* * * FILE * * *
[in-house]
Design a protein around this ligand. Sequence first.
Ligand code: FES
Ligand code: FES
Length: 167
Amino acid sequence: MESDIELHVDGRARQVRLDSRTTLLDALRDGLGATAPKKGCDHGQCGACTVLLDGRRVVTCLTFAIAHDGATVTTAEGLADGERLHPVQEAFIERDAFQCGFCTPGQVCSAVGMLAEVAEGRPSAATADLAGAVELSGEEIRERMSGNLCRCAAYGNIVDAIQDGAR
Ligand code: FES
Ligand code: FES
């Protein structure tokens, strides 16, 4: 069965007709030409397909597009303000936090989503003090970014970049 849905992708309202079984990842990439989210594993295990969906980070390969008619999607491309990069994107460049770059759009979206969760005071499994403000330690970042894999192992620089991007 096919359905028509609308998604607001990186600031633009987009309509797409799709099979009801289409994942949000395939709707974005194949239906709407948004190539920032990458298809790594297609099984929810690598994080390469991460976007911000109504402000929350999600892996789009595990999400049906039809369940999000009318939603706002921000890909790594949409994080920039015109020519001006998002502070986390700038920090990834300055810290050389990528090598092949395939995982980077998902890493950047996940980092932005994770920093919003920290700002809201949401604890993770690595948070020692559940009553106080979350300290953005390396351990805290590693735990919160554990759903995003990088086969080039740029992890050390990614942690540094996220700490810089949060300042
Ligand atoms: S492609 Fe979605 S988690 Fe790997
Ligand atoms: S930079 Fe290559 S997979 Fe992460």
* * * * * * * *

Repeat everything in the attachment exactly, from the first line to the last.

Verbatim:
[in-house]
Design a protein around this ligand. Sequence first.
Ligand code: FES
Ligand code: FES
Length: 167
Amino acid sequence: MESDIELHVDGRARQVRLDSRTTLLDALRDGLGATAPKKGCDHGQCGACTVLLDGRRVVTCLTFAIAHDGATVTTAEGLADGERLHPVQEAFIERDAFQCGFCTPGQVCSAVGMLAEVAEGRPSAATADLAGAVELSGEEIRERMSGNLCRCAAYGNIVDAIQDGAR
Ligand code: FES
Ligand code: FES
């Protein structure tokens, strides 16, 4: 069965007709030409397909597009303000936090989503003090970014970049 849905992708309202079984990842990439989210594993295990969906980070390969008619999607491309990069994107460049770059759009979206969760005071499994403000330690970042894999192992620089991007 096919359905028509609308998604607001990186600031633009987009309509797409799709099979009801289409994942949000395939709707974005194949239906709407948004190539920032990458298809790594297609099984929810690598994080390469991460976007911000109504402000929350999600892996789009595990999400049906039809369940999000009318939603706002921000890909790594949409994080920039015109020519001006998002502070986390700038920090990834300055810290050389990528090598092949395939995982980077998902890493950047996940980092932005994770920093919003920290700002809201949401604890993770690595948070020692559940009553106080979350300290953005390396351990805290590693735990919160554990759903995003990088086969080039740029992890050390990614942690540094996220700490810089949060300042
Ligand atoms: S492609 Fe979605 S988690 Fe790997
Ligand atoms: S930079 Fe290559 S997979 Fe992460």